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Spokane, Washington  Est. May 19, 1883
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He found his purpose

University High School senior John Handwerk was inspired by some books he read to come back to school for a fifth year and graduate.
 (Holly Pickett / The Spokesman-Review)
University High School senior John Handwerk was inspired by some books he read to come back to school for a fifth year and graduate. (Holly Pickett / The Spokesman-Review)
Steve Christilaw Correspondent

It took John Handwerk a while to find his motivation.

Why he needed to study the prescribed curriculum was never immediately apparent. It wasn’t that the course work was too difficult. It’s just that no one could ever explain why it was important.

“I had a grade-point average of about 0.9 my junior year and a 1.81 my sophomore year,” Handwerk said. “I just wasn’t motivated. For example, I would do the homework for a class and feel that I had accomplished all I needed to accomplish and then not turn in the assignment. Or I would take a test and not really care enough to fill in the answers.

“This year I just decided to turn it around and I’ve done a lot better.”

The well-spoken, fifth-year senior at University High School posted a 3.7 his first trimester this year, following that up with a 3.8 second trimester.

It took a while, an extra year of high school, for Handwerk to begin to find answers.

“Through a lot of my high school career I never saw a purpose to the whole school thing,” he said. “I didn’t really know why I needed the schooling. I never saw a career where I needed all of that schooling. I guess I wasn’t aware of what careers needed a lot of school. You could say that I never saw the goal at the end of the tunnel.”

It took a while for Handwerk to find something that truly challenged him. Not having a goal, he said, made it even more difficult.

“I was generally bored in class,” he said. “I like to learn about difficult concepts – the higher-minded stuff. I guess I don’t find other things all that interesting.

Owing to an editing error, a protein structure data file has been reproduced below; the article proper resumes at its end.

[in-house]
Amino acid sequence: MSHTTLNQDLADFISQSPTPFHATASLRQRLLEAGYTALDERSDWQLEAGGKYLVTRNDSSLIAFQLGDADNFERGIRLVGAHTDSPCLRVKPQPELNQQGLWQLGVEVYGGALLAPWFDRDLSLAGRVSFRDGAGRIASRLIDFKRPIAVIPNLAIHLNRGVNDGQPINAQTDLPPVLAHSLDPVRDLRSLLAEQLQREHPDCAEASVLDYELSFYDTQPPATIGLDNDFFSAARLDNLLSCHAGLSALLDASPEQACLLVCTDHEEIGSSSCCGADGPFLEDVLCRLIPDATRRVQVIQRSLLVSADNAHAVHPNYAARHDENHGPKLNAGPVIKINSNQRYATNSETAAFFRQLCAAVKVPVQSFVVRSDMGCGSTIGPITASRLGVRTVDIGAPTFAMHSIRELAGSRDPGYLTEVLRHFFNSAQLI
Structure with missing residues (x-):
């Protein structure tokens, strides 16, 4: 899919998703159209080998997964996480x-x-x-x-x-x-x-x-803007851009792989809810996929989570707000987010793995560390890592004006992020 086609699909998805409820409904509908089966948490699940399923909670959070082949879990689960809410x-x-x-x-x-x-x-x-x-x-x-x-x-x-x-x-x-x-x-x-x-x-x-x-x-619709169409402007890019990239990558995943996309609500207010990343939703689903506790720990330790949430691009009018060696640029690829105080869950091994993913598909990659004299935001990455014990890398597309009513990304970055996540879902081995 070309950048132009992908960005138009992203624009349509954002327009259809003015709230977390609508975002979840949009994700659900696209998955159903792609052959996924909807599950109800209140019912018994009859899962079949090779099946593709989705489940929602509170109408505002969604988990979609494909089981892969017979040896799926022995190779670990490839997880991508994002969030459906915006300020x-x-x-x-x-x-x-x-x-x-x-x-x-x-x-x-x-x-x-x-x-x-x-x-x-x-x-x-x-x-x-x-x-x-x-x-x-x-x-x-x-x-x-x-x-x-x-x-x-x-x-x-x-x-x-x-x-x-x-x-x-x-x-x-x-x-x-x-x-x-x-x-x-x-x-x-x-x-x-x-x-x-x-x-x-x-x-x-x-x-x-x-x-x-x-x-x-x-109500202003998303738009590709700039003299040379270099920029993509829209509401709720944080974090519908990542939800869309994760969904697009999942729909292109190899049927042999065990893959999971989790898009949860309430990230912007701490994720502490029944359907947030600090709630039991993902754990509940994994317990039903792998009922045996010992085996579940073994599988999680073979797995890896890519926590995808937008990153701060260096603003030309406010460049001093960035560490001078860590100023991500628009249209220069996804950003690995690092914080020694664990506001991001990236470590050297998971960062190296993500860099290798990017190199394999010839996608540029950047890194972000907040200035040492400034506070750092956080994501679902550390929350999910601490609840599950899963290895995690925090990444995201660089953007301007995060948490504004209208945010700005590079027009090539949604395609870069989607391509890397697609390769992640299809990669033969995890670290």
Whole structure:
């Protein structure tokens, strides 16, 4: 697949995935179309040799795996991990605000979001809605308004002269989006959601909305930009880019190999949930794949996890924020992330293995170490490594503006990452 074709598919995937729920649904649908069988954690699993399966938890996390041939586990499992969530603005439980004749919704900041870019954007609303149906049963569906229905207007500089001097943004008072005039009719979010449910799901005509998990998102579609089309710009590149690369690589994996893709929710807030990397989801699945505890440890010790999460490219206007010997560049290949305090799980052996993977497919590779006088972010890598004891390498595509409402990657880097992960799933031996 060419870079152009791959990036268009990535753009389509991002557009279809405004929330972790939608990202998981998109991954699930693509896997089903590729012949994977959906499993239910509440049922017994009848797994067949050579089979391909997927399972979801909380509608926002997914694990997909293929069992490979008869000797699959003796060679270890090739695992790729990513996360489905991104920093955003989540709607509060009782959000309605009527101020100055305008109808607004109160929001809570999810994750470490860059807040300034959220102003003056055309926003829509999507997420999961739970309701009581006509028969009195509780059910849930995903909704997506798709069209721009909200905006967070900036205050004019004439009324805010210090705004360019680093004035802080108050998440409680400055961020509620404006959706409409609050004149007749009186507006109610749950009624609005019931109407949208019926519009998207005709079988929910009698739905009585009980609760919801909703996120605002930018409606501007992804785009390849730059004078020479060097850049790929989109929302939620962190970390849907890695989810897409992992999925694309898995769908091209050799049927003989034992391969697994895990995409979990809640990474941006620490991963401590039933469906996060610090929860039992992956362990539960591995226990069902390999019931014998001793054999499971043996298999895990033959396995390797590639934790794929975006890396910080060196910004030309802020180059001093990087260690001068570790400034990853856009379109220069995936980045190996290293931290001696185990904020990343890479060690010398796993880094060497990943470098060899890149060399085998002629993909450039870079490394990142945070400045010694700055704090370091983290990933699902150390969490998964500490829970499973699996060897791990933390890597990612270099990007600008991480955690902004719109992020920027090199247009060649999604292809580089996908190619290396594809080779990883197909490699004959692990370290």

“I guess what I always wanted to learn was something profound – something sacred or untouchable. Something that really takes some thinking, some challenge and some independent thought to really figure out.

“Deep thinking is something that I enjoy and I didn’t get a whole lot of that.”

A chunk of Handwerk’s turnaround came when he discovered Will Durant’s book, “The Story of Philosophy: The Lives and Opinions of the World’s Greatest Philosophers.”

“I read that book and was really excited about it,” he said. “Especially after reading what he had to say about Plato.”

That led him to a copy of “The Republic,” which he pored over during his summer vacation.

“I was just amazed by the things that Plato had to say and by how relevant so much of it is to today,” Handwerk said. “That got me thinking and it got me interested.”

With his newly discovered interest in philosophy, the reasons for school began to become more apparent, he said. The varied classes began to look like a chain, with each link attached to another.

“I started to see how all these different subjects, all these different courses were tied together,” he said. “I could see how mathematics were tied together with science and all these other subjects, and how understanding one thing helped you understand another. It was all pretty exciting.”

Getting to this educational epiphany was no easy journey. After four years of high school, he found himself far short of the required credits needed to graduate. There was much soul searching, much self-evaluation that went into navigating this road. It wasn’t the only time he considered turning his back on school.

“I came pretty close a couple of times,” he said. “My parents really wanted me to stay in school.

“Looking back, I’m really glad that I came back for the extra year and can graduate. And it’s been a lot of fun to work hard and achieve a higher g.p.a. I guess I needed to prove to myself that I could do it.”

Handwerk now has his sights set on a full-blown academic pursuit.

“I want to go on and study law,” he said. “I want to be a lawyer. I like the whole concept of the law and what it means.”

He’s got his application in at the University of Idaho, but hopes to find a school in-state.

“I would love to go to an in-state school,” he said. “That’s important to me.

“At the same time, I understand that my record isn’t all that stellar, but I hope this last year will kind of make up for that a little bit. I hope I’ve redeemed myself a little bit and that they’ll take a chance on me.”

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